During the turbine change-out, improvements to the platform were made to ease the offshore installation.

Monitoring Programme

The monitoring programme involves a suite of instruments mounted on and in the platform (Table 1), as well as on the turbine. The Royal NIOZ investigates the impact of the tidal energy extraction on the local flow and sediment balance using two downward looking ADCPs on either end of the platform. They measure the incoming flow and the flow just behind the turbine and can be used to observe local bathymetric changes. Moreover, also the efficiency of the turbine is examined under various hydrodynamic conditions, varying from neap to spring tide; high and low discharge conditions and thus strength of the stratification, and under various wave conditions as measured with the AWAC, which is moored on the seafloor next to the platform.


The Differential Global Positioning System measures the platform’s geographical location and its heading with high accuracy.

Downward-looking ADCPs (x2)

Acoustic Doppler Current Profiles measure the velocity profile throughout the water column in Eastward, Northward and Upward direction using pings.

Horizontally-looking ADCPs (x2)

Acoustic Doppler Current Profilers measure the water velocity at the front and the back of the turbine.

AWAC wave profiler

Uses the same technology as ADCPs to measure wave height, speed and direction

Weather monitor

The weather monitor records the meteorological data at the site, such as wind speed, wind direction, rain fall and temperature.

Motion sensor

The motion sensor measures the movements of the platform such as the roll, pitch and heave.

Strut strain gauges

Strain gauges were mounted onto the strut to measure the forces from the turbine.

Module coupling strain gauges

The platform consists of three modules inter-connected by six rods. Strain gauges were mounted onto the rods to measure the forces exerted on these rods.

Mooring line load shackles

The mooring lines include a shackle near the platform which measures the forces (loads) on the mooring lines.

Water sensor (x2)

Two water sensors inside the local equipment room detect if there is water within the module.

Table 1: Monitoring equipment installed on BlueTEC Texel.

Turbines and Performance

To achieve very high availability, Tocardo’s turbines are kept as simple and robust as possible. It implies no yawing and no pitching system. Because tidal turbines are intended to work with flow coming from both directions (front to tail and reverse), the blades need to be orientated according to the direction of the flow. The bidirectional rotor design makes it possible to turn the two blades 180 degrees simultaneously for reverse flow operation (Figure 5).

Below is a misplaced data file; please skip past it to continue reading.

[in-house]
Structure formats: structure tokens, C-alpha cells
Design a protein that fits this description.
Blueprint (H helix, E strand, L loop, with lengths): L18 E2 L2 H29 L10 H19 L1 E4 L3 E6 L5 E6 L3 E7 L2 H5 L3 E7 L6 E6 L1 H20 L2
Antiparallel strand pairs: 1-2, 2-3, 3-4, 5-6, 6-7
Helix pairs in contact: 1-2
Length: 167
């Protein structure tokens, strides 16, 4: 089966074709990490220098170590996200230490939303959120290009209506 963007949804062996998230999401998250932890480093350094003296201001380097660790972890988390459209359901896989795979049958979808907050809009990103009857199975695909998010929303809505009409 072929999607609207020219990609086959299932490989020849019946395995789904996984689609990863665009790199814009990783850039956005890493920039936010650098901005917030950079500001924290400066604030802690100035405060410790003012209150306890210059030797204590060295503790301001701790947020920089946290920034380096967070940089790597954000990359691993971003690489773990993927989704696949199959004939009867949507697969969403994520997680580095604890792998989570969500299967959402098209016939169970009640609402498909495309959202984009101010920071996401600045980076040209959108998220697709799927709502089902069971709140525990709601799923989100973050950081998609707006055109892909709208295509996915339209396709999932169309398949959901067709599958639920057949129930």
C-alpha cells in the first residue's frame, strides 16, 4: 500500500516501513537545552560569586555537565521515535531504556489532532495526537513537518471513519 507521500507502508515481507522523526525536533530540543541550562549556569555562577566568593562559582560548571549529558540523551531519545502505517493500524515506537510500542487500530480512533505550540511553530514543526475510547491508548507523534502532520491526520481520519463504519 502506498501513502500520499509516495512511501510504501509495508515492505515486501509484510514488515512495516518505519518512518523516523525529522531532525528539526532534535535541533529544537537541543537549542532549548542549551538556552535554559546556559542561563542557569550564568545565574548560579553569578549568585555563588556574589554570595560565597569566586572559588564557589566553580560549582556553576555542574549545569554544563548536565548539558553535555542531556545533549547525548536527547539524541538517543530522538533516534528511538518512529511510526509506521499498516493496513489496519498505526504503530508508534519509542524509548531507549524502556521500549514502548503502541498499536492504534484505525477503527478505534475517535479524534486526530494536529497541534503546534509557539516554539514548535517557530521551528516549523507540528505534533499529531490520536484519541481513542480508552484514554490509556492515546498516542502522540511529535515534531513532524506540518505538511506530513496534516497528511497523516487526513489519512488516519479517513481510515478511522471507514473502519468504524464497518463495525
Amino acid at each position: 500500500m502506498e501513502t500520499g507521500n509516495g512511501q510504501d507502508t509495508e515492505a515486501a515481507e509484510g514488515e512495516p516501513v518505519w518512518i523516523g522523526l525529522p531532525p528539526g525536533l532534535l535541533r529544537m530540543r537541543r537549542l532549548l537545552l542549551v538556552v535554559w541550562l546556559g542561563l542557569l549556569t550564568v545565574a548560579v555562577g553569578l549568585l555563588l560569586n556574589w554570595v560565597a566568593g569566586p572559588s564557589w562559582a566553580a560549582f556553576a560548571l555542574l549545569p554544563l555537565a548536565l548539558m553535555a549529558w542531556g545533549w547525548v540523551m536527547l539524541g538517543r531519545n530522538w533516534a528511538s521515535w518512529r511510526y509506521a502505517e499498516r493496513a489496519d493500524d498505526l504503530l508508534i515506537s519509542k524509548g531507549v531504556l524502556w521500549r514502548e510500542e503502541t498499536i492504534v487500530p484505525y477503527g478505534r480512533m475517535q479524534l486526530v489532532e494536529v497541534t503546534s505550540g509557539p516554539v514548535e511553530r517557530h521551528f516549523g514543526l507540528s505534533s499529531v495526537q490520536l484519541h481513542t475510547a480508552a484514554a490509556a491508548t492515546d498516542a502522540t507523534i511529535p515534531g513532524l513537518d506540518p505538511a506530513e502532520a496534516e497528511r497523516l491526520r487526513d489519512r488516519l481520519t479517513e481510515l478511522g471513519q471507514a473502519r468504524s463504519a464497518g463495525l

To evaluate the performances of the T2 turbine, two horizontally-looking ADCPs were installed to measure the water velocity at the front and the back of the turbine. The ADCPs only use the central (forward looking) beam and measure the velocity at 16Hz. Each cell is 50cm long and the last cell centre is 25m ahead of the ADCP. One ADCP is mounted on the strut behind the rotor blades; observations at instances when the blades are in the path of the acoustic beam are discarded.

To measure the undisturbed water velocity, it is necessary to measure it at least two rotor diameters ahead of the 9 metres diameter rotor plane, explaining the need to have a 25 metres measurement range. Preliminary results show that the turbine efficiency is in line with the expectation.

Marine Growth

The platform was coated with anti-fouling on all subsea surfaces, which was provided through the Seafront project. Although these coatings notably prevented marine growth on the platform, significant marine growth in the form of mussels was found on the mooring lines and subsea power cable auxiliary equipment. Marine growth on these systems can significantly impact the system’s dynamic behaviour and potentially the lifespan of the equipment. This experience revealed that marine growth in the local area should be well researched or tested far in advance of a project such that it can be properly accounted for in designs, anti-fouling plans, and operation and maintenance regimes.


Thanks are due to Walther Lenting, Belén Blanco and the crew of the Navicula.

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Last updated: 13/12/2017